Python Datetime



Python has no date data type of it’s own, so we need to import a special library to introduce the date data type. This library is called the Python Datetime library.

You may also be interested in the time library. If you intend to be working in areas where time plays a major role, I recommend you read up on both these libraries and then make your decision, or maybe even use both at once.

Before we proceed any further, make sure you have the Python Datetime library installed!


Finding the Current time

import datetime

timestamp = datetime.datetime.now()
print(timestamp)

You can expect the output for this to resemble the format below.

# OUTPUT
2020-03-04 13:08:30.160118

As you can see, it’s alot of information. All the way from the year to microseconds being displayed. We don’t necessarily want to have all this display, or maybe just want to separate portions of it. To accomplish this, we can use the following keywords.

import datetime

timestamp = datetime.datetime.now()
print("Year: ",timestamp.year)
print("Month: ",timestamp.month)
print("Day: ", timestamp.day)
print("Hour: ",timestamp.hour)
print("Minute: ",timestamp.minute)
print("Second: ", timestamp.second)
print("Microsecond: ",timestamp.microsecond)
# OUTPUT
Year:  2020
Month:  3
Day:  4
Hour:  13
Minute:  14
Second:  55
Microsecond:  258183

The strftime() function

The output shown above is all in integers. But what if you wanted the Month February as a string “February” rather than a simple integer value 2 representing the second month.

This is where the strftime() function comes in. A little tip, think of it as the abbreviation for “string format time”. Because what it does is format time and return it as a string. It takes as input special codes as arugments that return a specific value.

import datetime
tstamp = datetime.datetime.now()
print(tstamp.strftime("%a"))
print(tstamp.strftime("%A"))
print(tstamp.strftime("%b"))
print(tstamp.strftime("%B"))

A complete list of all codes.

ArgumentDescriptionExample Output
%aWeekday – short formMon
%AWeekday – Full formMonday
%bMonth – Short formFeb
%BMonth – Full formFebruary
%yYear – Short form20
%YYear – Full form2020
%wWeekday, 0 – 6 (0 is Sunday)2
%dDays in a month, 1 – 3117
%mNumerical Month, 1 – 128
%H24 Hour clock21
%I12 Hour clock9
%pAM/PMAM
%MMinutes, 0 – 5954
%SSeconds, 0 – 5923
%fMicroseconds, 0 – 999999104384
%zUTC offset+0500
%ZTime ZonePST
%jDay in a year, 1 – 366243
%cDate and time Fri Feb 13 11:31:04 2020
%xdate 11/7/20
%Xtime4:16:20

If you were in here simply for the basics, this point marks all that. This second half is going to get a bit more complicated with objects and whatnot.


Creating a Date Object

Sometimes we may want to be working with objects rather than numbers or strings. We can create a Datetime object by calling the class Datetime() and passing appropriate values into it’s parameters.

x = datetime.datetime(year, month, day, hour,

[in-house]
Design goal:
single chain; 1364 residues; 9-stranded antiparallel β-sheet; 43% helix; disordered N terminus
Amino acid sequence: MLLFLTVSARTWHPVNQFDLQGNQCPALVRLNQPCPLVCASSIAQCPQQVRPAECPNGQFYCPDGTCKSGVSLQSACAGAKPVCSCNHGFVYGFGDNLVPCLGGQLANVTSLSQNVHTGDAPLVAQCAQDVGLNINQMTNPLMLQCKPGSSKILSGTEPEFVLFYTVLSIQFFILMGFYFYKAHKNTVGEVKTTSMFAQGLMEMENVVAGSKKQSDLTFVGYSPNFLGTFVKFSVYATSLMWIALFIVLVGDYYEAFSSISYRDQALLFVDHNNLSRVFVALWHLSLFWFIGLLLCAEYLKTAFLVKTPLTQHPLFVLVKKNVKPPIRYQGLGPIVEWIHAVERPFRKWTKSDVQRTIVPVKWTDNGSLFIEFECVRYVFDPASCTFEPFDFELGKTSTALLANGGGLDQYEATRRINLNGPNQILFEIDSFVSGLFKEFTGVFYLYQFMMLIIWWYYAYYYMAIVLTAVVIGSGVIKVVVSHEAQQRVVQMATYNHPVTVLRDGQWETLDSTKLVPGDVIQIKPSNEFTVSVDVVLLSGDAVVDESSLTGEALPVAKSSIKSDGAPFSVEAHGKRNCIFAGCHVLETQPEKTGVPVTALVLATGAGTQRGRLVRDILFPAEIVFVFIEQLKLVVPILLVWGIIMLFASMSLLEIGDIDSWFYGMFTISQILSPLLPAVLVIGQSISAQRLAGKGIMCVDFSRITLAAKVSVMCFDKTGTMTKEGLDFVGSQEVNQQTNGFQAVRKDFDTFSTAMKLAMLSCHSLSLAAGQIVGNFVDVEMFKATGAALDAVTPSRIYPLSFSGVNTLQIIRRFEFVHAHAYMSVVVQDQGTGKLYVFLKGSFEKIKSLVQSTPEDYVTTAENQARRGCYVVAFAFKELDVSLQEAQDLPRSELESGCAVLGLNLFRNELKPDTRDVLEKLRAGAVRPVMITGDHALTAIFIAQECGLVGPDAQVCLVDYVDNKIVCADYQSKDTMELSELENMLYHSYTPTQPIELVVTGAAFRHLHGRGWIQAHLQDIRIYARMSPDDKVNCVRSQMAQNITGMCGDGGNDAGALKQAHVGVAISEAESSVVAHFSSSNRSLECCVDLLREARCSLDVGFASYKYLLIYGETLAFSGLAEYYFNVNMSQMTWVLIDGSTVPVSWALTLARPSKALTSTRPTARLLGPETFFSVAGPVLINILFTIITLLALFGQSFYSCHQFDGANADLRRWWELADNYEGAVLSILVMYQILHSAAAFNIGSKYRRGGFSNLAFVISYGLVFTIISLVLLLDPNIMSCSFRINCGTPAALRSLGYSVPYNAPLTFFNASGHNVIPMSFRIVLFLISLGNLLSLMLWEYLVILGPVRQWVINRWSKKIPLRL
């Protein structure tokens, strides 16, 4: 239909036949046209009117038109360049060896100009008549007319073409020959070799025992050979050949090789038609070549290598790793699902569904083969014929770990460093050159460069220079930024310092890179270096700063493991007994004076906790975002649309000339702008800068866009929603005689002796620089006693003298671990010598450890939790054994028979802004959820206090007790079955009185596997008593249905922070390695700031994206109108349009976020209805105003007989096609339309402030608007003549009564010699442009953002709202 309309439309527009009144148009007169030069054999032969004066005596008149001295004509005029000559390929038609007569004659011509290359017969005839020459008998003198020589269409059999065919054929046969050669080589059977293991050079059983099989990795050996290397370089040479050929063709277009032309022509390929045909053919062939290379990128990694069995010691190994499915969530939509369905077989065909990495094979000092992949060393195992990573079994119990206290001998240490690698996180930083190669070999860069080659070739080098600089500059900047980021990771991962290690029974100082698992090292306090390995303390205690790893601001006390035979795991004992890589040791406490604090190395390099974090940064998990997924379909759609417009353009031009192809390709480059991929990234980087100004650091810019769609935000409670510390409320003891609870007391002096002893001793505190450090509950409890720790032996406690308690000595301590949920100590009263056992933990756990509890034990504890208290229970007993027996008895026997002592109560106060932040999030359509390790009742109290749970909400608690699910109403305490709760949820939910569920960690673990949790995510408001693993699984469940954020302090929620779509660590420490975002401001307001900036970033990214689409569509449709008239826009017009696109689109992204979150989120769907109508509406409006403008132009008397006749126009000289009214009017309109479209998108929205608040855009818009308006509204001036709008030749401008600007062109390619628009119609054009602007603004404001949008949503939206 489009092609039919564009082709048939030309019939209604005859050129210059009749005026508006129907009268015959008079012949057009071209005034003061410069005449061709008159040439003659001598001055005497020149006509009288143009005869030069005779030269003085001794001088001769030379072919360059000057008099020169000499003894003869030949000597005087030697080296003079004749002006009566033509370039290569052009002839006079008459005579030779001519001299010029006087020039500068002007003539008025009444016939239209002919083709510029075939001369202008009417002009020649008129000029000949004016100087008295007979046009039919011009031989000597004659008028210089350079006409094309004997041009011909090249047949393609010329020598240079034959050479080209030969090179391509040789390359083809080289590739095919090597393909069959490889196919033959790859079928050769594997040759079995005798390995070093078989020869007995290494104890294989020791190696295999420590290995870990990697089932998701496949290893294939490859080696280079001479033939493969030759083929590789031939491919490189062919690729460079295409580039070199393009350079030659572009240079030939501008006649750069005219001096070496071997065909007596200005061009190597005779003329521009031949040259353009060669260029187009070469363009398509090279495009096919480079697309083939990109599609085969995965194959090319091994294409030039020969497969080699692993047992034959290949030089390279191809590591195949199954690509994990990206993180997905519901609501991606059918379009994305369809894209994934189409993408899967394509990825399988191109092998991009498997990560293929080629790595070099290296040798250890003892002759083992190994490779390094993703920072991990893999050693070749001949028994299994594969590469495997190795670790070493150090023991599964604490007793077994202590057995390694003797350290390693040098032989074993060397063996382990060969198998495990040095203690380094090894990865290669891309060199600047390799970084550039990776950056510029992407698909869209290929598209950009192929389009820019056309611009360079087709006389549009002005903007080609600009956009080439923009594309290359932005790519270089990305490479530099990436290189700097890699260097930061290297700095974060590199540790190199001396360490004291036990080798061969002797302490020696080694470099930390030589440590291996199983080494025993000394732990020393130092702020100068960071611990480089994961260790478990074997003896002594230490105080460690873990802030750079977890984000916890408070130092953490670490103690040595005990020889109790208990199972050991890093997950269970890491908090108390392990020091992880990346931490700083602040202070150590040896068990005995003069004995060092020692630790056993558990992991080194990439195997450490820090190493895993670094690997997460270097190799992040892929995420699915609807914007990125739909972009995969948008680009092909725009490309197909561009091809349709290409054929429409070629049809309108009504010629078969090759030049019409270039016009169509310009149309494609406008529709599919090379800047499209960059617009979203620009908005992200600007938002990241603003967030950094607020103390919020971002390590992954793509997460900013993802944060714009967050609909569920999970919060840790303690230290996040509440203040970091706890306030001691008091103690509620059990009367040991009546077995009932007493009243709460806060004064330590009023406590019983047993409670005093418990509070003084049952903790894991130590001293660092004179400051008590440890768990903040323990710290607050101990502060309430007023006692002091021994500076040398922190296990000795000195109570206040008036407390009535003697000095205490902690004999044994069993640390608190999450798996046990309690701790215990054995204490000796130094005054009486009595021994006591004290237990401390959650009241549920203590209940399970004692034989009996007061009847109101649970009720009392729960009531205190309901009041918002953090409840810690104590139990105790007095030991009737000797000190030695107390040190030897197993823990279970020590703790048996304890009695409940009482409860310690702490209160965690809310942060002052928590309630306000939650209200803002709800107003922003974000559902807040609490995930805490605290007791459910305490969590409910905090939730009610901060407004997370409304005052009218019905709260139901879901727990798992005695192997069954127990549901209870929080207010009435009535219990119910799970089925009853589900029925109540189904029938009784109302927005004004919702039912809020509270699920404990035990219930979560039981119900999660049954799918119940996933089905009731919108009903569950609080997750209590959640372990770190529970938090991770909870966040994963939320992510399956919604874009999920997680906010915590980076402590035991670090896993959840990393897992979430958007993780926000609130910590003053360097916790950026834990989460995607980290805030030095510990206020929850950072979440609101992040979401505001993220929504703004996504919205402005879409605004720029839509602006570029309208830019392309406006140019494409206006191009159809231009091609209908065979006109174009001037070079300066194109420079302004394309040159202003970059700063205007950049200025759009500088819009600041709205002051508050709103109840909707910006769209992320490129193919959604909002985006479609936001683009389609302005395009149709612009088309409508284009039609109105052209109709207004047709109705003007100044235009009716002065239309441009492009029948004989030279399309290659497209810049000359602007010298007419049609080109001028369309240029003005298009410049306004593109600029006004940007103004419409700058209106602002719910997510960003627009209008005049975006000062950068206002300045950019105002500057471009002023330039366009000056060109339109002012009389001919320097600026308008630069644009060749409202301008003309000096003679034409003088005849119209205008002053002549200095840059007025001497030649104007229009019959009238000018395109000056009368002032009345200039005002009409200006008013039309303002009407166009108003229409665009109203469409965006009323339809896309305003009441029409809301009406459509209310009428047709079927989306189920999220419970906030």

minute, second, microsecond, tzone)

Above is a demonstration of how to use the Datetime() class and a full list of all it’s parameters. Note though, only the first three are compulsory. The rest are optional.

Fun fact: The datetime module brings in several constants with it. The Maximum allowed value for year is 9999, and minimum is 1.

Working with Datetime Objects

You’ve learn how to deconstruct and construct them. Now it’s time to learn how to use them. When working with Dates, you’ll often find yourself trying to find the difference between the two dates. You can do it by one of two ways.

Either subtract each attribute individually as shown at the beginning of the article. For instance, for the difference in hours, object.hourobject2.hour. The catch here is that you would have to do this for each attribute to get the complete difference in date.

The second method directly handles this all for you. Just one simple subtraction is required.

import datetime

a = datetime.datetime(2021,3,20,12)
b = datetime.datetime(2020,4,11,8)
c = a - b

print("Days: ",c.days)
print("seconds: ",c.seconds)
Days:  343
seconds:  14400

This code may confuse some people. For one, why not print out the hours by using something like c.hours. The answer to this is that when two datetime objects go through such operations like addition and subtraction, instead of a python datetime object, a timedelta object is returned.

Keep in mind, that datetime objects can only be subtracted. Any attempt to add, multiple or divide will result in an error.

Python timedelta

The timedelta object only supports three time formats, object.days, object.seconds and object.microseconds.

Unlike datetime objects, timedelta objects can be added, multiplied, divided to both other timedelta objects and datetime objects.


This is as far as we’ll be covering here, for the sake of keeping things relevant and concise. For more information, here’s a link to the docs for the Datetime library.

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